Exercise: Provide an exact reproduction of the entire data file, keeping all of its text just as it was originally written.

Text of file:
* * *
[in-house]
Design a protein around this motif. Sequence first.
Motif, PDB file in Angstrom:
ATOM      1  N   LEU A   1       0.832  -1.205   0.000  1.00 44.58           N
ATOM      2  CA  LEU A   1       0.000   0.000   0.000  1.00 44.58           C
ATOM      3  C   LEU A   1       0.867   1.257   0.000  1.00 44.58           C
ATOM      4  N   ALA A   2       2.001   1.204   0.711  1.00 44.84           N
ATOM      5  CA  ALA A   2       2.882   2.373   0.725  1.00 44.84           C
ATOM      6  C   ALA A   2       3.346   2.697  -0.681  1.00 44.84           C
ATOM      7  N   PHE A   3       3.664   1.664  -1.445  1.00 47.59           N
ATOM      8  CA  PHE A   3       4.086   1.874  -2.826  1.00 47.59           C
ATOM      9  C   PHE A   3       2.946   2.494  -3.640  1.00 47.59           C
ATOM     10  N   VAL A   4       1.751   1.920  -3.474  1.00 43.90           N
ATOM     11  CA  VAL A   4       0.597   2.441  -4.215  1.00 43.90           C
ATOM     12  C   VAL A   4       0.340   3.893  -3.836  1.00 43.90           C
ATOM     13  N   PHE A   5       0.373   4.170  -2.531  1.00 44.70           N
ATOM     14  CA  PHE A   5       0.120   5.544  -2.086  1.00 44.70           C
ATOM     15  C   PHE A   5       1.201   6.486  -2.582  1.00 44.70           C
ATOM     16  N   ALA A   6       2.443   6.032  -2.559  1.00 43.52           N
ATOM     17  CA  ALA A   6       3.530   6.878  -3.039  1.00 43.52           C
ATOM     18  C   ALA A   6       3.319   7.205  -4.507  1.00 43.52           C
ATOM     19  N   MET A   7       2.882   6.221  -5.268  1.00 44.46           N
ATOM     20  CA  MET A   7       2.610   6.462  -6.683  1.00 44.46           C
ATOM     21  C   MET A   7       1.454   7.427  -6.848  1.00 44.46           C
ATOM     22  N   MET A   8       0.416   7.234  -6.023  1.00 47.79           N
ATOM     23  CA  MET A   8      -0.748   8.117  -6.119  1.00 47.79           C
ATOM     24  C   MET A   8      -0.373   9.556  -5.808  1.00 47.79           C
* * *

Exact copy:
[in-house]
Design a protein around this motif. Sequence first.
Motif, PDB file in Angstrom:
ATOM      1  N   LEU A   1       0.832  -1.205   0.000  1.00 44.58           N
ATOM      2  CA  LEU A   1       0.000   0.000   0.000  1.00 44.58           C
ATOM      3  C   LEU A   1       0.867   1.257   0.000  1.00 44.58           C
ATOM      4  N   ALA A   2       2.001   1.204   0.711  1.00 44.84           N
ATOM      5  CA  ALA A   2       2.882   2.373   0.725  1.00 44.84           C
ATOM      6  C   ALA A   2       3.346   2.697  -0.681  1.00 44.84           C
ATOM      7  N   PHE A   3       3.664   1.664  -1.445  1.00 47.59           N
ATOM      8  CA  PHE A   3       4.086   1.874  -2.826  1.00 47.59           C
ATOM      9  C   PHE A   3       2.946   2.494  -3.640  1.00 47.59           C
ATOM     10  N   VAL A   4       1.751   1.920  -3.474  1.00 43.90           N
ATOM     11  CA  VAL A   4       0.597   2.441  -4.215  1.00 43.90           C
ATOM     12  C   VAL A   4       0.340   3.893  -3.836  1.00 43.90           C
ATOM     13  N   PHE A   5       0.373   4.170  -2.531  1.00 44.70           N
ATOM     14  CA  PHE A   5       0.120   5.544  -2.086  1.00 44.70           C
ATOM     15  C   PHE A   5       1.201   6.486  -2.582  1.00 44.70           C
ATOM     16  N   ALA A   6       2.443   6.032  -2.559  1.00 43.52           N
ATOM     17  CA  ALA A   6       3.530   6.878  -3.039  1.00 43.52           C
ATOM     18  C   ALA A   6       3.319   7.205  -4.507  1.00 43.52           C
ATOM     19  N   MET A   7       2.882   6.221  -5.268  1.00 44.46           N
ATOM     20  CA  MET A   7       2.610   6.462  -6.683  1.00 44.46           C
ATOM     21  C   MET A   7       1.454   7.427  -6.848  1.00 44.46           C
ATOM     22  N   MET A   8       0.416   7.234  -6.023  1.00 47.79           N
ATOM     23  CA  MET A   8      -0.748   8.117  -6.119  1.00 47.79           C
ATOM     24  C   MET A   8      -0.373   9.556  -5.808  1.00 47.79           C